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Learn the Lingo

Do environmental terms sometimes sound like a foreign language to you? If so, you’re not alone. Many businesses and communities have difficulty keeping up with the latest environmental lingo. This feature will cover some common environmental terms you may encounter.

Denison University, Granville - Encouraging Environmental Excellence (E3) Gold Award Winner Case Study

Denison University is a liberal arts college founded in 1831 located in Granville, Ohio, with 2,250 students and 226 professors. Denison received an Encouraging Environmental Excellence (E3) Gold Award from Ohio EPA in August 2016. Since 2008, Denison University has included sustainability as one of its goals and promotes a multi-disciplinary approach to sustainability that balances environmental, economic and social responsibility. Their environmental stewardship efforts are strongly supported by the Office of the President, which, in 2008, created a Campus Sustainability Coordinator and Committee that provides guidance to the University.

Ohio EPA Launches the Ohio Materials Marketplace - Supporting the New Circular Economy

In a circular economy, all products and by-products recirculate. Over the next few decades, moving to a circular economy will dramatically transform our manufacturing and recycling industries. This contrasts with the past take, make and dispose economy. The new circular economy is attractive to everyone - including private, non-profit and government institutions - because of the combined economic and environmental benefits. Materials will continue to flow in the economy through recycling, remanufacturing, reuse and maintenance. For state policy makers, the question is how can agencies support this change in the material economy, and what programs can accelerate this transition? To help, Ohio EPA is embracing recent advances in software and implementing the Ohio Materials Marketplace, an online platform for companies to post available waste and by product materials that other companies may re-use in their production process.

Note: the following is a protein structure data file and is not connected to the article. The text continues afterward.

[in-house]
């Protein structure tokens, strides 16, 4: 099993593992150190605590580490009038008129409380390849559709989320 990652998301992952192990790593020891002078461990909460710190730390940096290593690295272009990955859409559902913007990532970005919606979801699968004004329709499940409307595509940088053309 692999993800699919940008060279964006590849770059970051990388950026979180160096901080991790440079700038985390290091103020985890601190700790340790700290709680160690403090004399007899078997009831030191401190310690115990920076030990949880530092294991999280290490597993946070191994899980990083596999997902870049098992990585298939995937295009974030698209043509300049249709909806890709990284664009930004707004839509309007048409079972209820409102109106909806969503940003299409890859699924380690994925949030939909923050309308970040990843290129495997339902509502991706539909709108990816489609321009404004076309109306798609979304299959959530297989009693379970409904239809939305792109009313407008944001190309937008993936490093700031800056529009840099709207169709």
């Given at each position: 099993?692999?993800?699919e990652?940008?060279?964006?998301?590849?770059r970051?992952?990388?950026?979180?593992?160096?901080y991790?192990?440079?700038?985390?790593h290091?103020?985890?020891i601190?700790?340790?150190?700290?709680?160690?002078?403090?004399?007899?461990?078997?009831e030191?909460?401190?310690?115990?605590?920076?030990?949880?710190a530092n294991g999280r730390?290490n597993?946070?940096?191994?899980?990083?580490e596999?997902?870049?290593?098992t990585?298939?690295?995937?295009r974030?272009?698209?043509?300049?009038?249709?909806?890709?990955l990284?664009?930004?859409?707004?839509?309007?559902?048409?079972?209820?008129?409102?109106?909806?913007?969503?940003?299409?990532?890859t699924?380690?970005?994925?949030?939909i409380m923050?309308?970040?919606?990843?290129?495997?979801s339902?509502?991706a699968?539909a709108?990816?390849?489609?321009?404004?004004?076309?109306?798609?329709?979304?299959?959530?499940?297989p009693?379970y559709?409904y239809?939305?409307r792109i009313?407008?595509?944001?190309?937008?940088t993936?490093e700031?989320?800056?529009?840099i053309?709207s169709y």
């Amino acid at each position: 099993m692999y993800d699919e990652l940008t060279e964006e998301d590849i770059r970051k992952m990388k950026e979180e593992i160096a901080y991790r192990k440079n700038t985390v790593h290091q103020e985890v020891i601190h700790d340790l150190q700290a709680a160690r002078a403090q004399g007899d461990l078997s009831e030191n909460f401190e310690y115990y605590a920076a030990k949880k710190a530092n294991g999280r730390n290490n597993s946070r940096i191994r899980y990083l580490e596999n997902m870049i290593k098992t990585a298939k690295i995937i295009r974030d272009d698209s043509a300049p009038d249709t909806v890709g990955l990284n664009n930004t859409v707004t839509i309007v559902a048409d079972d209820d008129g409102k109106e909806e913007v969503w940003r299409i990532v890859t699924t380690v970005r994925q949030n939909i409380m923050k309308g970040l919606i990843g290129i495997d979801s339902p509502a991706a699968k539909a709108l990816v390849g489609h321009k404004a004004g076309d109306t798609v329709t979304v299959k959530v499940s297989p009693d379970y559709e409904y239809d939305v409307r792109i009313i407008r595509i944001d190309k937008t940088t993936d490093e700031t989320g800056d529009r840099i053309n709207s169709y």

Start and Build a Sustainability Program

There are many ways to build a sustainability program. Each organization needs to find the path that works for them, but here are some common themes your program can follow.

Save Money and Reduce Waste: Pollution Prevention for Metal Finishing

High disposal fees and raw material costs can be a financial drain on your metal finishing operation. To remain competitive and go beyond compliance, pollution prevention (P2) can be the easiest and best management choice for reducing these costs and waste issues.

Financial Assistance for Air Quality Improvements

The Ohio Air Quality Development Authority (OAQDA) is a non-regulatory agency created by the Ohio General Assembly in 1970. OAQDA's mission is to provide for the conservation of air as a natural resource of the state by preventing or abating air pollution. They accomplish this by helping finance air quality facilities for small and large businesses, utilities, government and universities.

For Industrial Storm Water Permitting - No Exposure Certification Can Save Your Business Money

Storm water is rain and snow melt that runs off the land and enters streams, rivers and lakes. Runoff from outdoor activities or material storage areas can contain pollutants that can degrade water quality and threaten human health. Proper storm water management minimizes these threats. Many businesses are subject to Ohio EPA’s storm water permitting program based on their Standard Industrial Classification (SIC) code, including manufacturing, transportation, recycling businesses, wineries, compost/mulch sites, concrete producers, scrapyards and woodworking/lumber operations.

Water Resource Restoration Sponsor Program Awards More Than $165 Million in 16 Years

Created in 2000, the Water Resource Restoration Sponsor Program (WRRSP) uses interest monies from Water Control Pollution Loan Fund (WPCLF) sponsor projects to fund preservation and restoration of high-quality water resources. Throughout Ohio, more than $165 million has been awarded for projects in 30 counties and 69 watersheds.

Ohio EPA Loan Helps the City of Oregon Protect its Drinking Water

The City of Oregon’s water treatment plant is a regional public water system serving 29,000 people in several northwestern Ohio communities and counties. Their water intake is in the western basin of Lake Erie. The shallow depth of the basin, combined with factors such as runoff, nutrients, winds, currents and invasive mussels can contribute to algae blooms from June to September of each year. Certain types of algae, in turn, release microcystins that are generally harmful upon contact.